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View Full Version : Andre Watson's autobiog .... cant wait..



ex-lucy
27-10-05, 15:10
"It is a story and not an instruction manual, but there is much in it that could be of help to aspirant referees....."

http://www.planetrugby.com/News/story_47009.shtml

i wonder what he says about Rwc03 final and his performance on the day ...

ExHookah
27-10-05, 15:10
I'm assuming his section on "how to referee the scrum" should probably be disregarded, considering after RWC03 final he admitted in the press that he didn't have the faintest idea about scrums.

Ricampbell
27-10-05, 16:10
I bet it would be excellent I mean he is the most succesful ref of all time and apart from the scrum he reffed the final to perfection.

Ross

Mike Whittaker
27-10-05, 17:10
I have heard a current international referee say that he often is not sure of what is going on in the scrum, but he manages it!
He communicates and gets them to work with him, or accept the consequences.

ExHookah
27-10-05, 17:10
I bet it would be excellent I mean he is the most succesful ref of all time and apart from the scrum he reffed the final to perfection.

Ross


I'll add it to my Christmas list.

Just got Paddy O'Brien's book which I havn't read yet, and Woodward's "Winning" which I have to admit is fascinating so far. (Seriously)

OB..
27-10-05, 17:10
he admitted in the press that he didn't have the faintest idea about scrums.Here is an extract from an article in the Star (a South African newspaper) which does not quite support your contention.

South Africa's Andre Watson who refereed the World Cup final between England and Australia, tells Mike Bersiks about the four penalties he awarded Australia - and which upset the English so much.

Penalty No 1

"The first penalty was against Trevor Woodman, the England loosehead, for unbinding after I warned him to bind. He slipped the bind for whatever reason, it caused a weak link and the scrum collapsed. Woodman didn't have his hand up there where it should have been and the law clearly states that that's a penalty."

Penalty No 2

"The second one was for (tighthead prop) Phil Vickery when he scrummed in, he went on to the replacement hooker Jeremy Paul. The law is pretty clear that the man must keep his bind and push straight. He was going on the hooker which is dangerous play."

Penalty No 3


"The third penalty was against the whole England pack for pushing up, which caused two of the players, the tighthead prop and the hooker of Australia to pop out of the scrum.

Penalty No 4

"Prior to that scrum I had called both front rows out and said to them, 'Don't stuff this game up, stop this crap - I want you guys as experts in frontrows to make sure this thing works'.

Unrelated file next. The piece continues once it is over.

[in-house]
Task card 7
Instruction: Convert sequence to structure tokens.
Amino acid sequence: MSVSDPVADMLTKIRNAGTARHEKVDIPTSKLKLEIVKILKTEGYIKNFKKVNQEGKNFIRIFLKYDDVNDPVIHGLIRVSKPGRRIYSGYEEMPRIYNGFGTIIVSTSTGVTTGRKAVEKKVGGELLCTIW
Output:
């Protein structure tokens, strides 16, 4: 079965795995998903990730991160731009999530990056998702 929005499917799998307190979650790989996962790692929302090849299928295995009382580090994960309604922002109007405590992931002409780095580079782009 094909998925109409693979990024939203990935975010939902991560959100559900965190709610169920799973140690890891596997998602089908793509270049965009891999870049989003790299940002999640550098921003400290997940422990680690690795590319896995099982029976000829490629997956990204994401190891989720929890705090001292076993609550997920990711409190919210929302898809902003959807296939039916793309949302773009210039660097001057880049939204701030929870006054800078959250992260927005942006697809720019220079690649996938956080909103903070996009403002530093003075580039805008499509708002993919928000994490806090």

At the crucial scrum I had to reset it because it collapsed and I said 'That's it, no more warnings now, try me' and then at the engagement there was no indication that anyone was unhappy so I called engage. The Australian pack went for it and the No 3 and the No 2 of the England team went for it but the No 1 for whatever reason didn't go in. At engagement once you hit and someone pulls out that is dangerous play, so it's a penalty."

I also have a longish transcript from a TV programme in which he described what happened in some detail.

Perhaps you are referrring to 1999 article on the London Society website:
These two gentlemen [Sean Fitzpatrick and Andrew Blades] have recently retired from the active game and I made a point of asking, checking and indeed sucking information out of them with regard to the secret game of front-row play. After milking them, I came to the following conclusions: that I knew very little about front-row play before I spoke to them. That I knew very little about front-row play after I spoke to them.

I have always regarded that as very much tongue in cheek.

didds
27-10-05, 17:10
pretty much what he said within a couple of days after the final I would imagine

didds

didds
27-10-05, 17:10
really?

I recall reading how he defended each penalty etc with reason, logic and applying the laws.

didds

ExHookah
27-10-05, 20:10
Perhaps you are referrring to 1999 article on the London Society website

These two gentlemen [Sean Fitzpatrick and Andrew Blades] have recently retired from the active game and I made a point of asking, checking and indeed sucking information out of them with regard to the secret game of front-row play. After milking them, I came to the following conclusions: that I knew very little about front-row play before I spoke to them. That I knew very little about front-row play after I spoke to them.


That's the statement I was thinking of, but I heard it just after the final. I think it might have been someone like Akford quoting the aforementioned statement.

His breakdown of the penalties is very reasoned.

Why the English front row couldn't just play it simple and straight is beyond me. They clearly had the upper hand all day, so they really didn't need to screw about and risk penalites.

didds
27-10-05, 23:10
certainly vivkery seemed to lose the plot - leoneard was subbed on with instructions to "keep it simple" He told Watson - I may go forward, I may go back, but I wonlt go up and down" To which watson replied "I'm pleased to hear it".

That all said (and in no means trying to underm,ine anything) others have used the word "materiality" WRT Watson and the game which I find interesting. And I - as an ex front row - stoill remain to be convinced about penalty number 4 about Woodman failing to engage. There is a perfect replay angle of the aus tight head at that scrummage whose engagement angle is at the floor ie with intent to dump woodman and thompson downwards i.e. he wasn;t ever travelling forwards with his head and chest parallel to the ground. No wonder woodman didn;t want to engage.

didds

didds